Why Kirby Smart made a rare misstep by tabbing Mike Bobo as Todd Monken's replacement
After Georgia dropped a 65-point hammer on TCU to become the first team to repeat as national champs in 11 years, I made the case why Todd Monken was the best assistant hire of the Playoff era. It was Monken’s modern pro-style, tight end-heavy offensive sets that were at the root of the best UGA offense in program history. A team that was stuck in the mud offensively as the 2010s closed got a shot of life when Kirby Smart hired Monken, who had been squeezed out of his offensive coordinator gig in the NFL.
A little more than 3 years later, Georgia fans got the worst possible personnel news on Tuesday morning.
Monken is going back to the NFL. Even worse? Smart kept the offensive coordinator job in-house and promoted Mike Bobo.
Yeah, Bobo. As in, the guy who held an offensive analyst title this past year at UGA after getting fired as Bryan Harsin’s one-and-done offensive coordinator. As in, the guy who was supposed to save Will Muschamp’s job at South Carolina when he was hired there for the 2020 season, which saw the Gamecocks boast the No. 98 scoring offense in a 2-win season. As in, the guy who was Mark Richt’s right-hand man for 14 of his good, not great 15 years in Athens.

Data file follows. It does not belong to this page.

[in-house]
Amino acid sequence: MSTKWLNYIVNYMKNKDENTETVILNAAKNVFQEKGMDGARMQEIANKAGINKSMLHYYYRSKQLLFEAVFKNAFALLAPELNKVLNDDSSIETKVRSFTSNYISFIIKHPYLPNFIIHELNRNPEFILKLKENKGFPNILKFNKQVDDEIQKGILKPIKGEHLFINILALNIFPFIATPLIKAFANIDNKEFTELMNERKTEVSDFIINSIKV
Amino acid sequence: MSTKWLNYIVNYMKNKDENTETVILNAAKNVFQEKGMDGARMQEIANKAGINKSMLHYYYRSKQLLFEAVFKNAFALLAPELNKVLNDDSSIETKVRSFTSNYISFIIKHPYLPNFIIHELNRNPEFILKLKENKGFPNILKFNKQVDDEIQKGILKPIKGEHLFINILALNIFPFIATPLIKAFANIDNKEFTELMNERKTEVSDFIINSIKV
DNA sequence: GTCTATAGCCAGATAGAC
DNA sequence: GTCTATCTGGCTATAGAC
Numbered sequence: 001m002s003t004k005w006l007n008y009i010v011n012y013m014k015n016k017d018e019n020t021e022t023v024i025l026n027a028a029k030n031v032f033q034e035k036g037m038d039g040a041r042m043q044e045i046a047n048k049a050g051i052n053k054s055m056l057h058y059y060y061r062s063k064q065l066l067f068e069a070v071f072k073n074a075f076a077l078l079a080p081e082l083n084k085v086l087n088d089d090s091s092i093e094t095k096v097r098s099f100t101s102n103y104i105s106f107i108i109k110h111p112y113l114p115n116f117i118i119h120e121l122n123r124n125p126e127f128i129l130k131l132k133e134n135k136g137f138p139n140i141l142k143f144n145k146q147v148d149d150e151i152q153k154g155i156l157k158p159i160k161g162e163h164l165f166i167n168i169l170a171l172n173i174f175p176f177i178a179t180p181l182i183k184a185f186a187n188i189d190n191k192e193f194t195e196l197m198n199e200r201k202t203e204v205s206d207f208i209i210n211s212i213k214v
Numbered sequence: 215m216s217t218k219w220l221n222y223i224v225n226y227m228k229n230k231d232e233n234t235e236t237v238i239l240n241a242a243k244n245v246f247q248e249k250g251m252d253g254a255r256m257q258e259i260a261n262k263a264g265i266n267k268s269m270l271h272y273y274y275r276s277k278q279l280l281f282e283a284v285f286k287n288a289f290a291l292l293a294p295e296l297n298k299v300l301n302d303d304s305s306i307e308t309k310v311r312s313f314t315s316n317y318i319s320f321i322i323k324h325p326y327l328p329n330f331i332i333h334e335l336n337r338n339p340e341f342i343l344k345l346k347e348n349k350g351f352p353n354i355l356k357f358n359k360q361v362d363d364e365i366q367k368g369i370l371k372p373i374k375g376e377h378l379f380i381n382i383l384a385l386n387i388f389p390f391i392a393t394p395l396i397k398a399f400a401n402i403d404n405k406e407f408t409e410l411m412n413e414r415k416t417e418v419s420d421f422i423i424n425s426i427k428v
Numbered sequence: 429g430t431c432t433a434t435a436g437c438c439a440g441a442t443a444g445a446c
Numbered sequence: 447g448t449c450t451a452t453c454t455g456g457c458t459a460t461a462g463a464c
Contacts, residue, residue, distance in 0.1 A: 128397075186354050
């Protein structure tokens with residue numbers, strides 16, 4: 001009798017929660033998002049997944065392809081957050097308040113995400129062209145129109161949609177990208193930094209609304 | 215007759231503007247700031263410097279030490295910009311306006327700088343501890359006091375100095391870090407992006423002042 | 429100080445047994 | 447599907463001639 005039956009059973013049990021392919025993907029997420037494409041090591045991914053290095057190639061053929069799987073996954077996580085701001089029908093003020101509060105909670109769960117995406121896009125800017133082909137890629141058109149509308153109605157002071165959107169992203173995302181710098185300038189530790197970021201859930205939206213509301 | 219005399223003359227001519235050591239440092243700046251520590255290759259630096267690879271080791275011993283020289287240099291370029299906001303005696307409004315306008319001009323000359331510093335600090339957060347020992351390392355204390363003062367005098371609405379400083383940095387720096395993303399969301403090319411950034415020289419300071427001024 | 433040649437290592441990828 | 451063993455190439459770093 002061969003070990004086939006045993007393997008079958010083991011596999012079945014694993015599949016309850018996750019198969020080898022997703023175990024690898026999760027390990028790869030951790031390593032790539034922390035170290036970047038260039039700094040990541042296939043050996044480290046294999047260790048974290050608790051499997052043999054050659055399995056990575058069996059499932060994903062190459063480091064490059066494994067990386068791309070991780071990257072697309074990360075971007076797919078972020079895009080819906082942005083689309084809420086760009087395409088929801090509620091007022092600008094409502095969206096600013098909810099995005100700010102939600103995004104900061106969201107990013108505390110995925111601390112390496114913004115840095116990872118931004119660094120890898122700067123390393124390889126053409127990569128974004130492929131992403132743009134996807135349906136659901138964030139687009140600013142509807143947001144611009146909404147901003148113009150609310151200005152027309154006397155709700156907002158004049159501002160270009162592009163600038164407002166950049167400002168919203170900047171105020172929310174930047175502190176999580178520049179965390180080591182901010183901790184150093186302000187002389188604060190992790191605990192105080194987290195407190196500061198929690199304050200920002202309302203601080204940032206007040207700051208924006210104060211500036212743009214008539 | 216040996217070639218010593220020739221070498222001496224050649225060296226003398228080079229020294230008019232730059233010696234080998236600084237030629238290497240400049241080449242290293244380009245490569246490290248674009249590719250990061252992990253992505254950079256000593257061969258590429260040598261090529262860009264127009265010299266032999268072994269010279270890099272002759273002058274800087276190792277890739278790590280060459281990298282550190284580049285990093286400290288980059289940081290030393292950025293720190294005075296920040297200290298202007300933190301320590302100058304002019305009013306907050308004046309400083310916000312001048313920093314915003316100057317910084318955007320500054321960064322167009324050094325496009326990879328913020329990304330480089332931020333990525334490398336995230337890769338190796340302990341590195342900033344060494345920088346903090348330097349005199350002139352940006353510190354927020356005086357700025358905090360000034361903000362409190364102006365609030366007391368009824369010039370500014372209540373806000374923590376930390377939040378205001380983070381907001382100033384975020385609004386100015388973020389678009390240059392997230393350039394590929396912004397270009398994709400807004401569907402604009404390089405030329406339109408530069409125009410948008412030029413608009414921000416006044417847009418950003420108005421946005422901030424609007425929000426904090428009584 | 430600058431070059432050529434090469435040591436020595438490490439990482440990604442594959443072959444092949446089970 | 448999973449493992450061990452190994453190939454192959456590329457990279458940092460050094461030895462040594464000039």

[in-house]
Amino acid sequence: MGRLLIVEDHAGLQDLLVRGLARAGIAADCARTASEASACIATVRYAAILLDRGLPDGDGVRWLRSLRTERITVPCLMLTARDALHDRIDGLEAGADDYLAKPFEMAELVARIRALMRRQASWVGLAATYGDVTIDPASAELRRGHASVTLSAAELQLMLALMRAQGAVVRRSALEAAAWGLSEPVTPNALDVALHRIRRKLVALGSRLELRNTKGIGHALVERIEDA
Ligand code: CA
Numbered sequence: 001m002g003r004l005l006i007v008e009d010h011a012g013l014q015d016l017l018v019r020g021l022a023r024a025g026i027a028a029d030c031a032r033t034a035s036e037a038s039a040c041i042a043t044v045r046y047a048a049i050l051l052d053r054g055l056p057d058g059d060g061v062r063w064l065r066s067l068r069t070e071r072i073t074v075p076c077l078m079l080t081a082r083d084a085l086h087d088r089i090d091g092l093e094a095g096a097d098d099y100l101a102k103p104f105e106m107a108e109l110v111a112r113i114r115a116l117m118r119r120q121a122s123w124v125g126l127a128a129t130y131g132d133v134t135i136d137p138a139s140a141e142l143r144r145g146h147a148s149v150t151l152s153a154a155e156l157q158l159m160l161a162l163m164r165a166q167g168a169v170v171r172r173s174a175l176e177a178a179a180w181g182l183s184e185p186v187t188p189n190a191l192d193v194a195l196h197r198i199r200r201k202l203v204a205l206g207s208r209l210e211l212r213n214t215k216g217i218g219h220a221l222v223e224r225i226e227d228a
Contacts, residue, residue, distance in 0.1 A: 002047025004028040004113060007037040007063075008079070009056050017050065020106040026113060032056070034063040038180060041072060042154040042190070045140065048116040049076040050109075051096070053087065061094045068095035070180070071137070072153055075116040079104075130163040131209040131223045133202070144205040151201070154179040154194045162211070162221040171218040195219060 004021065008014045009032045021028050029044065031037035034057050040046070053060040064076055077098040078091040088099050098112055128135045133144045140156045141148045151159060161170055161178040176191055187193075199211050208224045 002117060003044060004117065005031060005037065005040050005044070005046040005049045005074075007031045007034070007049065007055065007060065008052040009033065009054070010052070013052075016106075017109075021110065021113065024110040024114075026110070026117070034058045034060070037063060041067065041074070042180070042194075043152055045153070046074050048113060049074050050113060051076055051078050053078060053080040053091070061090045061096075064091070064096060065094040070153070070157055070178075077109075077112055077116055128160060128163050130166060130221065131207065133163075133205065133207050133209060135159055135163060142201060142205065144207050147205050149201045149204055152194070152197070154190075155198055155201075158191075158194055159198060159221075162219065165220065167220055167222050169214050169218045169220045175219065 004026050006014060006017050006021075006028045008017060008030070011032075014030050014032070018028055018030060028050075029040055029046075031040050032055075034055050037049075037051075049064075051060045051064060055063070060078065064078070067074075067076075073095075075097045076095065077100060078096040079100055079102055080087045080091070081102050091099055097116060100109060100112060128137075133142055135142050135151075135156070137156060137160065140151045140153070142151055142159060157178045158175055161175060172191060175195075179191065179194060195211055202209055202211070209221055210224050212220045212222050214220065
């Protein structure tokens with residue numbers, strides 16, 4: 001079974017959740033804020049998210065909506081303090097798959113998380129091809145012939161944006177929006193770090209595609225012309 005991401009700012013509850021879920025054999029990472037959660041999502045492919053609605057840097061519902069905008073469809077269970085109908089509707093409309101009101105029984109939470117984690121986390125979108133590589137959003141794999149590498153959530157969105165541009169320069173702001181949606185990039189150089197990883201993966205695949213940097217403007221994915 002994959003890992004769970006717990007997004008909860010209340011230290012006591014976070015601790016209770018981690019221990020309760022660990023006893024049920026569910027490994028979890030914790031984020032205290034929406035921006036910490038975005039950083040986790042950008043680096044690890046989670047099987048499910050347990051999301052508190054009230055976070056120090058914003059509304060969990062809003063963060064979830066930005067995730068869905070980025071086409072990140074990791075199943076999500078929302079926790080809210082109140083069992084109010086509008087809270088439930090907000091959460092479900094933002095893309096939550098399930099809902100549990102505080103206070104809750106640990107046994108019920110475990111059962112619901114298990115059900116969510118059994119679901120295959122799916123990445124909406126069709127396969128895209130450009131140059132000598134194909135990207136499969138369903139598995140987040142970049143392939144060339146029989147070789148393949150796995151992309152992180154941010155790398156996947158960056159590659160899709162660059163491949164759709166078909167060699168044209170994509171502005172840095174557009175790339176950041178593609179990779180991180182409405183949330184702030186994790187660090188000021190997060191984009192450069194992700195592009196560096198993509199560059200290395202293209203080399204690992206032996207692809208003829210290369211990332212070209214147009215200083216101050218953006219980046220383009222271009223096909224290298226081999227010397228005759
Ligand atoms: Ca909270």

If you think Bobo is about to pick up where Monken left off, it’s probably for 1 of 2 reasons. Either you didn’t appreciate just how incredible of a schemer that Monken was, or you believe Smart can do no wrong.
I’ll agree to disagree with that and say that replacing Monken with Bobo is a rare misstep for Smart.
Don’t get it twisted. I understand the positives. The goal is to try and keep continuity ahead of UGA’s 3-peat bid. Georgia has 2 quarterbacks who already had multiple seasons in Monken’s system, and that’s not including Gunner Stockton, who’ll compete for the starting job in his second season in Athens. In theory, Bobo got an opportunity to learn the new Georgia offense under Monken, and that should bode well for an accomplished roster that’s loaded with as much talent as there is in college football.